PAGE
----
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Current Issue
September, 2017
Volume 43, Number 3
  
18 August 2015
Michael J.L. La Civita





Young people are active in the faith, according to members of the congregation at St. Peter and Paul Catholic Church in Tbilisi, Georgia. In addition taking part in weekly liturgy (as shown above), they attend formation classes supported by CNEWA to learn more about their
Armenian heritage. (photo: Molly Corso)


The last century or so has not been kind to Armenia or its Catholic minority, who form the Armenian Catholic Church. Sharing the distinct rites and traditions of the Armenian Apostolic Church — while maintaining full communion with the bishop of Rome — this community of faith has contributed considerably to the vitality of the Armenian nation, invigorating monasticism, scholarship and social service even as terror has nearly destroyed it.

2015 marks the centenary of the beginning of the Armenian Genocide. Although large numbers of Assyro-Chaldean and Greek Christians also suffered deportation or death at the hands of agents of the crumbling Ottoman Turkish Empire, the sheer number of Armenians affected astounds. By 1923, as many as 1.5 million Armenians perished. The perpetrators did not make distinctions between Apostolic and Catholic Armenians. Their actions, however, decimated the tiny Armenian Catholic Church. In all, 7 bishops, 130 priests, 47 women religious and up to a 100,000 faithful died. Churches and schools were leveled. And while the post-Ottoman Turkish government distanced itself from the atrocities, the state appropriated abandoned properties and redistributed them to Muslim Turks.

Some of those who survived fled to Russian-dominated Armenia. Most survivors, perhaps a quarter of a million people, fled to Lebanon and Syria. There, from their place of exile, they re-established their communities and prospered, that is until war in Syria revisited them.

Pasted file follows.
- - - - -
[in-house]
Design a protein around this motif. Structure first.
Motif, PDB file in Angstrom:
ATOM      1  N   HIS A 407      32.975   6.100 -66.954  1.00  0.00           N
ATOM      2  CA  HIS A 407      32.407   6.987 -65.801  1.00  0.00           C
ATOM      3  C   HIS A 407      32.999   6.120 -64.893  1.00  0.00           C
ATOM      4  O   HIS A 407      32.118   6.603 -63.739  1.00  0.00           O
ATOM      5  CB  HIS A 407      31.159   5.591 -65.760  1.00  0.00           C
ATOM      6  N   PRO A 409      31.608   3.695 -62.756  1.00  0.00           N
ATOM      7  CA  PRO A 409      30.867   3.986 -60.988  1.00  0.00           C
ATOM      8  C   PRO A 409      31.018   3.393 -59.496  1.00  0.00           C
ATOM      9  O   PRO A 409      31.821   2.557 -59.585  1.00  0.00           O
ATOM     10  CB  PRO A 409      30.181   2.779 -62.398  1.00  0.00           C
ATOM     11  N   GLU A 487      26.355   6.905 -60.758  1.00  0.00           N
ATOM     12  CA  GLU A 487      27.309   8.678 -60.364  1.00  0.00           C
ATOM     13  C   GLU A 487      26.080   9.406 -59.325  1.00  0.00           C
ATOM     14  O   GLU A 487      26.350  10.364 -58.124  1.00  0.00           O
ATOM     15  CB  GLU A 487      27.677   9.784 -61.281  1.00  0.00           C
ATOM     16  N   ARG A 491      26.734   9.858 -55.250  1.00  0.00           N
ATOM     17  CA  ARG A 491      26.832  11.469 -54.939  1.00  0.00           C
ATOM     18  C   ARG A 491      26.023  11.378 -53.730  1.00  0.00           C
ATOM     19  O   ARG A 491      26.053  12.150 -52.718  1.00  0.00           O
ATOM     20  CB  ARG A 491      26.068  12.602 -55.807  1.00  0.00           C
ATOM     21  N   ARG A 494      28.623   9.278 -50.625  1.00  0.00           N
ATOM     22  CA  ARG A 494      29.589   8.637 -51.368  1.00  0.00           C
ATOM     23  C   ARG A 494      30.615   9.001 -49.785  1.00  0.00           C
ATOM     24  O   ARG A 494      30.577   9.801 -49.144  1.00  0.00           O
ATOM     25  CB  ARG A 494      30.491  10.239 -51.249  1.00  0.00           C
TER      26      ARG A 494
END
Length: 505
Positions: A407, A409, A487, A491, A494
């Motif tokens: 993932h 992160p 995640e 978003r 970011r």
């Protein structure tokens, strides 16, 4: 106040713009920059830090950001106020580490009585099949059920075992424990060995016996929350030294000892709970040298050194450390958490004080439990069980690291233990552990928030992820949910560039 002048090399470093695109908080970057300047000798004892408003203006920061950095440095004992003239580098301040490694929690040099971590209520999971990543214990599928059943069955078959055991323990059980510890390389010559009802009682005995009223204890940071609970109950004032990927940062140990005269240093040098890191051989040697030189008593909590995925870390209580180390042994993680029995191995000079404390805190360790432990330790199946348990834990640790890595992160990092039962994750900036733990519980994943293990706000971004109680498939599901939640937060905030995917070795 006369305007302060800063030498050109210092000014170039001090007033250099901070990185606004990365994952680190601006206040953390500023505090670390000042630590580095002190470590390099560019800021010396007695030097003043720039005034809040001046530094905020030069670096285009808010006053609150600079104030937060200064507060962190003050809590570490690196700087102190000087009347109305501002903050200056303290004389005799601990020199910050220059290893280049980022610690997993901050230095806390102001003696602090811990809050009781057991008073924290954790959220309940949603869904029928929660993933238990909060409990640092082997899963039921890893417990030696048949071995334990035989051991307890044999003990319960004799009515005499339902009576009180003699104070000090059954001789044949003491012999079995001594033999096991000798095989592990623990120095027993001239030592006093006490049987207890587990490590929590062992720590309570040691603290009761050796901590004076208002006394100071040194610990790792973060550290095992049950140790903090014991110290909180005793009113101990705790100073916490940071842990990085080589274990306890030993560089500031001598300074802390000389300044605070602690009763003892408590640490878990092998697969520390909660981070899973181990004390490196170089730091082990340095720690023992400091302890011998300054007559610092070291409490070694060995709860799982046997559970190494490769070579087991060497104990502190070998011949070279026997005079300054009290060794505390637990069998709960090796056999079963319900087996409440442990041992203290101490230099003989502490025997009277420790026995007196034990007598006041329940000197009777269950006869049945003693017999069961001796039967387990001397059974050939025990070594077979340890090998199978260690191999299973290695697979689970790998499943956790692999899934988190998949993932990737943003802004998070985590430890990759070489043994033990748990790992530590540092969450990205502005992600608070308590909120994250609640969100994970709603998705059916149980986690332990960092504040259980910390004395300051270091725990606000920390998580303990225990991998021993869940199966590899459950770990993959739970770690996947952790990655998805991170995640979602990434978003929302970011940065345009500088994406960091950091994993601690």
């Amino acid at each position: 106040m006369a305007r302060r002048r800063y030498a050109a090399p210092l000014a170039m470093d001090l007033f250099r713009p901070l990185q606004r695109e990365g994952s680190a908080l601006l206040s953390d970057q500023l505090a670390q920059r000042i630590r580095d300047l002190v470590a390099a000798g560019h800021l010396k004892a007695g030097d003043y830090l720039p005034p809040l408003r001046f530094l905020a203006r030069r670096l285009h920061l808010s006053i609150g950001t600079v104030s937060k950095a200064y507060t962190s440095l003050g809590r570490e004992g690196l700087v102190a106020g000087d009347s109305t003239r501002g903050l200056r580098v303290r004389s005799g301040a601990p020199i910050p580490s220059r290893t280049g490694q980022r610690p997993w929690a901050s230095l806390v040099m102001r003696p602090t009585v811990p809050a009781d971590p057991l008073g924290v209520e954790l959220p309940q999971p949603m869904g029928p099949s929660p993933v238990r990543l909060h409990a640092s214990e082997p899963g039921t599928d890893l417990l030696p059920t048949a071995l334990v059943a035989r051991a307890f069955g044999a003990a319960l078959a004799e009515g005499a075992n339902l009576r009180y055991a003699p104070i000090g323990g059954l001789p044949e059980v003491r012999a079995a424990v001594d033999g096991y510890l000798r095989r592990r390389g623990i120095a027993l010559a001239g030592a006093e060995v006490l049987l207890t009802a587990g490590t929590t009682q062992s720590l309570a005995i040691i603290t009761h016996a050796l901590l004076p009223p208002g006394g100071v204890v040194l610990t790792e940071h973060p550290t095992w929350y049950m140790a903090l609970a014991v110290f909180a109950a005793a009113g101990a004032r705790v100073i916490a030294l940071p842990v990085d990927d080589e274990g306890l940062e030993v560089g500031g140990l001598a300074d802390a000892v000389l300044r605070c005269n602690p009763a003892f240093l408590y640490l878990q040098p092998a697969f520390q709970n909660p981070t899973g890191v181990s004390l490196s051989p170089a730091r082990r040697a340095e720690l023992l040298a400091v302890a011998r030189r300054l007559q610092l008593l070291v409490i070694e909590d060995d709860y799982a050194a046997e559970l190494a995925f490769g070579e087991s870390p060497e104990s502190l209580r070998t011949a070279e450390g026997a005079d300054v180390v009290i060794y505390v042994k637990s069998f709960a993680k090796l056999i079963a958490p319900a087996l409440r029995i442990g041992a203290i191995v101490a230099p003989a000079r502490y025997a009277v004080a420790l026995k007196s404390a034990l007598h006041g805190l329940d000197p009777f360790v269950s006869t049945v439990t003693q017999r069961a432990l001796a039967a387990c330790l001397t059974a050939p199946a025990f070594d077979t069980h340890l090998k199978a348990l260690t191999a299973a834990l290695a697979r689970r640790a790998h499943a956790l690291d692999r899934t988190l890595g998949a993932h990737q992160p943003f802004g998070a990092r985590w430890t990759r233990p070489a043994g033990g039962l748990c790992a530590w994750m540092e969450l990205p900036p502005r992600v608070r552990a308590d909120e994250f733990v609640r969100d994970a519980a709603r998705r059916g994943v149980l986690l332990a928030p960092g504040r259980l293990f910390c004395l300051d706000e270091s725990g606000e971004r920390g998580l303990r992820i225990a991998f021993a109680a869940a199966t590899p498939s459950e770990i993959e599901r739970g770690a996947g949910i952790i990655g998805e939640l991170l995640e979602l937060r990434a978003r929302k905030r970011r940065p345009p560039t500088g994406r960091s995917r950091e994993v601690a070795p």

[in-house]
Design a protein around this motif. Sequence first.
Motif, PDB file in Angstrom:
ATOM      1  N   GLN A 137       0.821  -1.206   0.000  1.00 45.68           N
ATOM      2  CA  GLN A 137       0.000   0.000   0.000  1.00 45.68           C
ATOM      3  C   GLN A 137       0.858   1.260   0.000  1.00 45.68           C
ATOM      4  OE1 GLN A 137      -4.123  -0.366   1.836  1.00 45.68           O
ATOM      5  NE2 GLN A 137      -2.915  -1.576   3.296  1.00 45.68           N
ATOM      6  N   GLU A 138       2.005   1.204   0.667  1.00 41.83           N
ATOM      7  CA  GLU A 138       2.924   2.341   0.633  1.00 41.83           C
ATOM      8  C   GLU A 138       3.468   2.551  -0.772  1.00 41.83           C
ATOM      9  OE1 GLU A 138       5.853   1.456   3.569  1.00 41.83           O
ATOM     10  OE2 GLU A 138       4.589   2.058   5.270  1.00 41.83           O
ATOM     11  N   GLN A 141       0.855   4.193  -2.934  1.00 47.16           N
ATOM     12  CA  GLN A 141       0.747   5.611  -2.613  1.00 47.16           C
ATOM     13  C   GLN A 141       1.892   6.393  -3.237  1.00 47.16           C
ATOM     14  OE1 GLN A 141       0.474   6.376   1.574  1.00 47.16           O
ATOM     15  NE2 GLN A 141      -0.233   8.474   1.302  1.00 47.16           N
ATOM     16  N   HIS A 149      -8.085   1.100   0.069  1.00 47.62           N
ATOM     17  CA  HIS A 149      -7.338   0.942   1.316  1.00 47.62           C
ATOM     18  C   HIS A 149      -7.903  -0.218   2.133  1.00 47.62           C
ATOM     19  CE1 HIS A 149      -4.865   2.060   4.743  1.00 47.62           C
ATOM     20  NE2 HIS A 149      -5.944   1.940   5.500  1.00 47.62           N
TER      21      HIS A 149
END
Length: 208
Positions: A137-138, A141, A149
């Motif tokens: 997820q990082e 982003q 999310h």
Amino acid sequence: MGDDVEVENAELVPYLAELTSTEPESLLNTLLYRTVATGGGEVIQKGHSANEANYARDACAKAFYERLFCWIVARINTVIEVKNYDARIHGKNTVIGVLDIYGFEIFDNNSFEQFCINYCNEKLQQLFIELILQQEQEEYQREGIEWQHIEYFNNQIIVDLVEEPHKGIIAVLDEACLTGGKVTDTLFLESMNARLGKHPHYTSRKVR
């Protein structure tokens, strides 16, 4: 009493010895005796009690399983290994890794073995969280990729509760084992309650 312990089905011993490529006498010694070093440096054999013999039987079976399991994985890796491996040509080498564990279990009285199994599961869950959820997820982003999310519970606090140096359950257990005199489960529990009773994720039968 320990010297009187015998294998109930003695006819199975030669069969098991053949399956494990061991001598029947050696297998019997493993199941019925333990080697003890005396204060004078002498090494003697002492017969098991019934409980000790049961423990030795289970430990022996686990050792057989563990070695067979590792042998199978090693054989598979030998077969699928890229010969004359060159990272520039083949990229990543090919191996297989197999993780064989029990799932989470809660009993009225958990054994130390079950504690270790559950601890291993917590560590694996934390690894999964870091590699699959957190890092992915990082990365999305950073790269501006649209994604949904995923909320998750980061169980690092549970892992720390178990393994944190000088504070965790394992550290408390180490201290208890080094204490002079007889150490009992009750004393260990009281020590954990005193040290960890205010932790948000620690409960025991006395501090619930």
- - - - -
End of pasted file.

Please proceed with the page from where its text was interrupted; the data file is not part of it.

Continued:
Sister Arousiag Sajonian leads catechesis programs at summer camps for youth in Tzakhkatzor, Armenia. (photo: Armineh Johannes)

In 1928, surviving Armenian Catholic bishops gathered in Rome, where they agreed to transfer the patriarchate to Beirut. While historically the largest concentration of Armenian Catholics lived in Lebanon and in the Syrian cities of Aleppo, Damascus and Kamichlié, recent statistics provided by the church indicate upward of 400,000 Armenian Catholics living in Armenia, Georgia, Russia and Ukraine.

While the tsars impeded the development of all Eastern Catholic communities in Imperial Russian lands, the Soviets were more brutal. In the 1920’s and 30’s, Stalin suppressed all Eastern Catholic churches. In Armenia and Georgia, party members shuttered Armenian Catholic village churches, arrested and shot parish priests and deported religious sisters. The Soviets wiped out all traces of Armenian Catholicism — or so they thought.

Catholic Armenians began to surface after a devastating earthquake in December 1988 flattened northern Armenia. And as the Soviet Union dissolved, these Catholics boldly petitioned for their churches to be reopened and for personnel to staff them. The Armenian Sisters of the Immaculate Conception were among the first to respond, sending a team of sisters to work with families and village communities in northern Armenia and southern Georgia. And in 1991, the Holy See created a bishopric for Armenian Catholics in Eastern Europe, but the church is hampered by a lack of priestly vocations. Despite considerable resource shortages, however, the Armenian Catholic Church administers schools, camps and social service centers that offer help to all.

Read a full account of the Armenian Catholic Church from ONE magazine here.